Of course, no one is implying that it is.

But even mainstream media outlets like the Detroit News are starting to recognize just how dire the Michigan medical marijuana shortage is. And they’re giving it some press.

In a June 20th editorial, they essentially called upon LARA to do something about it.

And it would be great if other media stepped up and demanded action too. It could help to make a difference.

Editorial Points to ‘Fumbling’ State for Medical Marijuana Shortage

The editorial lays out what we’ve been addressing for months now.

It talks about how LARA put emergency rules in place in October which allowed licensed dispensaries to sell untested caregiver-grown products. These rules were supposed to expire at the end of 2018, but a lawsuit pushed the deadline to April 1st.

The irony of it being April Fools Day did not go unnoticed.

Because then what happened was a court order allowed for 30 dispensaries whose licensed were denied to stay upon until LARA made a decision. They were permitted to sell caregiver product.

Meanwhile, the licensed dispensaries that unravelled themselves from the red tape and jumped through all the necessary hoops to get licensure are permitted to purchase their product solely from licensed testing facilities.

Of which there are a whopping four. Yep. You can count them on one hand.

So obviously, the combination of this stringent rule and the dearth of testing facilities has led to a serious shortage.

Patients Are Struggling to Get Needed Medicine

Even to the point where they’re stepping up and suing the state – as did a nurse last month who’s struggling with a rare form cancer that leaves her in extreme pain.

For her and others like her, medical marijuana has been the only effective medicine to ease their pain and other symptoms.

The opinion piece does give credit to the Governor for forming the Marijuana Regulatory Agency earlier this year to oversee regulation of recreational and medicinal marijuana.

They have managed to increase the pace on licensing the industry, which “the state had bungled previously.”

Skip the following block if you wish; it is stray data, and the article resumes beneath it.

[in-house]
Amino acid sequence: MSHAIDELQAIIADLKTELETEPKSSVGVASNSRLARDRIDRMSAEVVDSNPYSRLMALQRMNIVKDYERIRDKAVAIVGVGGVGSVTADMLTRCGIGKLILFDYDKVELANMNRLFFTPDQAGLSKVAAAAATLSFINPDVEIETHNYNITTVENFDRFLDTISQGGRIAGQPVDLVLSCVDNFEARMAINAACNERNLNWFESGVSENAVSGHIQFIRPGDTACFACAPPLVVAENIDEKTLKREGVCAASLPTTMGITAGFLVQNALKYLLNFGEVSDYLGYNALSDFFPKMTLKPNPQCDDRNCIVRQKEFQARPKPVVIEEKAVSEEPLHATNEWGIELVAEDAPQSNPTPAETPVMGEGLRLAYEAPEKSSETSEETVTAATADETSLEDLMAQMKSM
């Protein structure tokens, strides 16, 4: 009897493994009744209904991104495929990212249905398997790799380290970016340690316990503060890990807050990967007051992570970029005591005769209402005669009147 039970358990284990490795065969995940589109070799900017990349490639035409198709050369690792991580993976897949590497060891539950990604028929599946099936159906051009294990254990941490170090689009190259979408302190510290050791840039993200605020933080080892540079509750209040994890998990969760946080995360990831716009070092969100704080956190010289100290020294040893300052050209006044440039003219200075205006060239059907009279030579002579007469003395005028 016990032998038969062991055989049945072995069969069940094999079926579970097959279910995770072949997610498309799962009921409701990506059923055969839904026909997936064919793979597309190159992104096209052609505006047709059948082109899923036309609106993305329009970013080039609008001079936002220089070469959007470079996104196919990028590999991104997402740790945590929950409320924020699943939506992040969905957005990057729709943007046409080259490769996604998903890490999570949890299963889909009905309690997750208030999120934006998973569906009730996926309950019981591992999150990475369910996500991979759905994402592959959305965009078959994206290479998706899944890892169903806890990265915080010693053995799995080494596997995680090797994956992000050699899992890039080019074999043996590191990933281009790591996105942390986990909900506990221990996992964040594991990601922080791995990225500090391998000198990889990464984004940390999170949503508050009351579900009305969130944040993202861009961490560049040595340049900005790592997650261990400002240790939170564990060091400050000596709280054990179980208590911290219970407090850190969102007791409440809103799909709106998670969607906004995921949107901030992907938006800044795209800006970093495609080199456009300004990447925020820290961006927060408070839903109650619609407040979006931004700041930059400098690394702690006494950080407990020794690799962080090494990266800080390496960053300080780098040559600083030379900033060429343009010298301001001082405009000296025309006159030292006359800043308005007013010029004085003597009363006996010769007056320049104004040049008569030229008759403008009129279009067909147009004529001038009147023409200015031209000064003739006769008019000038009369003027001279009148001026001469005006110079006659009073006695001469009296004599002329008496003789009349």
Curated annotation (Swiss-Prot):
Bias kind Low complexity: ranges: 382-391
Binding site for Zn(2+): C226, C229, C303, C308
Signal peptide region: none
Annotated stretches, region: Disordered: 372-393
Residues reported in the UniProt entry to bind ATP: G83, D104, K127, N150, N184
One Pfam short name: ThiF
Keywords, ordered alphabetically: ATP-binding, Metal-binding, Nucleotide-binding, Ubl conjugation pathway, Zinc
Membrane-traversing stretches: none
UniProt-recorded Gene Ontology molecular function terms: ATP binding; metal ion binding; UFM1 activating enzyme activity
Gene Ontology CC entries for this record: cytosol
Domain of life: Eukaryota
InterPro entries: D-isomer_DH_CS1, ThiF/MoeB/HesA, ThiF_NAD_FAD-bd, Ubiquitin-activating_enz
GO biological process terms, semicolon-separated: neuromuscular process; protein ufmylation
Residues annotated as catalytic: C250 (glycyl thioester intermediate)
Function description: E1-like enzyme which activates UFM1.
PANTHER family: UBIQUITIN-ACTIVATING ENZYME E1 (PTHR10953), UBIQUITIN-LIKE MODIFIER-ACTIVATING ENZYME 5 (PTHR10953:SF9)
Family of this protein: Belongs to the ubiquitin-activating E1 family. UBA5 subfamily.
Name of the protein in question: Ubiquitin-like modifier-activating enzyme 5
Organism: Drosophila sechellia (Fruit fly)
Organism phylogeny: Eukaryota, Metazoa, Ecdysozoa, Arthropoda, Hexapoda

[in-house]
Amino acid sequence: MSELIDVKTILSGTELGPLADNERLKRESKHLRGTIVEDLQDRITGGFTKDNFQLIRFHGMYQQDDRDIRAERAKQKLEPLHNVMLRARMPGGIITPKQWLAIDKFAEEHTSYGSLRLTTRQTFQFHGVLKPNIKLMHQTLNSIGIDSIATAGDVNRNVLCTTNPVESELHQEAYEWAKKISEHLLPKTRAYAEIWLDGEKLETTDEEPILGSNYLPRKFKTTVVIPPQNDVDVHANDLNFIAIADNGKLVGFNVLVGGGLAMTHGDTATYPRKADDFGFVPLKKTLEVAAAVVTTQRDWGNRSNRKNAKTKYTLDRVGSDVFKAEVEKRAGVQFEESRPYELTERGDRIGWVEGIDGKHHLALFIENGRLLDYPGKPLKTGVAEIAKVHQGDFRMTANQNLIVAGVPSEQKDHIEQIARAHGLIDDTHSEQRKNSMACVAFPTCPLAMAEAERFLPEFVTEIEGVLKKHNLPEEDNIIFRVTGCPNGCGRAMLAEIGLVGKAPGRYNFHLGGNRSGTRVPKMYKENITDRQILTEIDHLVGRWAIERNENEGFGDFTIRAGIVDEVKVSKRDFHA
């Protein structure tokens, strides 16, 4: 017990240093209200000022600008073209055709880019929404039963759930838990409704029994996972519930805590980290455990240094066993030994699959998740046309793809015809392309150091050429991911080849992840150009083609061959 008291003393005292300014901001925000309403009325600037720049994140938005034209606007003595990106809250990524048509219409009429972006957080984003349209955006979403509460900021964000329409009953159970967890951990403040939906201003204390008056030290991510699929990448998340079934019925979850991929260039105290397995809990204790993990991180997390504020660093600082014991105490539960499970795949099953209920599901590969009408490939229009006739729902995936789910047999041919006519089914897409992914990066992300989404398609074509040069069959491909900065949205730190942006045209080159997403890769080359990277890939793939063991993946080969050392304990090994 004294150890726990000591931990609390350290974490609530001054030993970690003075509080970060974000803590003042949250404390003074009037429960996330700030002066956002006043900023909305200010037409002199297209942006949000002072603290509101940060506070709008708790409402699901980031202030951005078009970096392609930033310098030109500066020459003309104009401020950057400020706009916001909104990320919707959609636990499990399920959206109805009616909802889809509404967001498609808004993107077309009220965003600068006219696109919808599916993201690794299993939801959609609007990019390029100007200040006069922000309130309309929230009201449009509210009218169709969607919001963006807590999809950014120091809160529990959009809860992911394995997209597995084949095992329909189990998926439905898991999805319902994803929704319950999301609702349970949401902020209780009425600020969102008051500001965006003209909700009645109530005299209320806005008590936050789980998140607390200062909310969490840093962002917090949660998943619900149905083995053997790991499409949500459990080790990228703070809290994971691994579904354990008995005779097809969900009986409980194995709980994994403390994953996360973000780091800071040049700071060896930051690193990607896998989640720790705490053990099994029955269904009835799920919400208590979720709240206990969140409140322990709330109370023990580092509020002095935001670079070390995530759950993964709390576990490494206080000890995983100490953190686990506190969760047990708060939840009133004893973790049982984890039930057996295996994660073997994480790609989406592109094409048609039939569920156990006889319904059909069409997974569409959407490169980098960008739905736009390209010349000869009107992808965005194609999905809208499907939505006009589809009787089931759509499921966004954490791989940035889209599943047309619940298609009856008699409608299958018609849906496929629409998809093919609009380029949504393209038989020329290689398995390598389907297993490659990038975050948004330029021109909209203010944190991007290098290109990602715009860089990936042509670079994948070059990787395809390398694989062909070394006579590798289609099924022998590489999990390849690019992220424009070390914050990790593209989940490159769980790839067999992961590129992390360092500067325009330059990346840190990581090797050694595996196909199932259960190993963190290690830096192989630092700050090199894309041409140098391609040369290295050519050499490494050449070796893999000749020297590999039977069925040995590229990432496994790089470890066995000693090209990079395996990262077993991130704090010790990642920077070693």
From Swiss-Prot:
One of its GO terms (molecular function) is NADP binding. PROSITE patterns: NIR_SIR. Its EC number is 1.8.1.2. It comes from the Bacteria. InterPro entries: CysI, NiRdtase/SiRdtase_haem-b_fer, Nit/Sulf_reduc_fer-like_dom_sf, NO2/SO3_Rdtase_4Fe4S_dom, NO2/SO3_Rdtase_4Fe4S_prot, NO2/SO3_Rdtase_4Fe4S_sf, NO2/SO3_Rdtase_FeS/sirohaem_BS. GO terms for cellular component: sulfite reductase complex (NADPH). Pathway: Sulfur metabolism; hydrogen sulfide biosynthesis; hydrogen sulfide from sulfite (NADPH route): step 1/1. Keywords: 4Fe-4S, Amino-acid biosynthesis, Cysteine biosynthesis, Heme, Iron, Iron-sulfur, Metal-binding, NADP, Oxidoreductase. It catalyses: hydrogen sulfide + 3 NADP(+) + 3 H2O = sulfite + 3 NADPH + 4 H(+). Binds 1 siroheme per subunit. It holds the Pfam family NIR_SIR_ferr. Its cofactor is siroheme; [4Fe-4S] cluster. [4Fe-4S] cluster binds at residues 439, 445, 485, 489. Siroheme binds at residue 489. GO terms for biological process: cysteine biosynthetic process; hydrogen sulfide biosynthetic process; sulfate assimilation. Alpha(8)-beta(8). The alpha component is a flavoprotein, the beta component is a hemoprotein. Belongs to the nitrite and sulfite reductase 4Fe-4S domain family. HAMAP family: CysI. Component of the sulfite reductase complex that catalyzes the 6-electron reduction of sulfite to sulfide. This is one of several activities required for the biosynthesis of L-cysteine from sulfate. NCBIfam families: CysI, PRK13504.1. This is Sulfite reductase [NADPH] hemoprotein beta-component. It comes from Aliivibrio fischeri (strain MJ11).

Furthermore, the Detroit News editorial also acknowledged that high standards make it very difficult – as well as time consuming – for testing facilities to get licensed.

But it also points out the complete injustice of allowing patients to suffer while the state is trying to streamline operations. Especially when the caregiver network is still available to provide for them.

And it’s not just a handful of people. We’re talking roughly 300,000 patients.

Opinion Piece Calls for Change

The new Marijuana Regulatory Agency is attempting to speed up the licensing process. And they claim they have two more facilities in the making.

But the editorial points out that six testing facilities just isn’t gonna cut it. They need more to keep up with demand. And that unlicensed dispensaries have the upper hand, since they don’t rely on testing facilities.

So what needs to be done?

First, they state that “LARA must prioritize licensing more testing facilities.” After all, it’s their rule that licensed dispensaries are required to sell tested products. 

Then the editorial adds that in the midst of this shortage LARA has essentially created, they “should extend emergency regulations” which would permit licensed dispensaries to buy caregiver-grown medical marijuana. This would help both patients and struggling businesses.

Bottom line?

As the editorial put it, “more work must be done to ensure medical marijuana patients across the state have reliable access to the products they need.”

We couldn’t agree more.

Will the State Ever Resolve This Issue?

The Michigan medical marijuana shortage has been going on for far too long.

At this point, it’s simply not enough to write it off to growing pains. People are suffering.

As more mainstream media covers this issue, we hope it lights some fires. Because something needs to change.

In the meantime, we’ll continue to cover the latest on patients, dispensaries, caregivers and the industry at large. So keep checking back with our blog.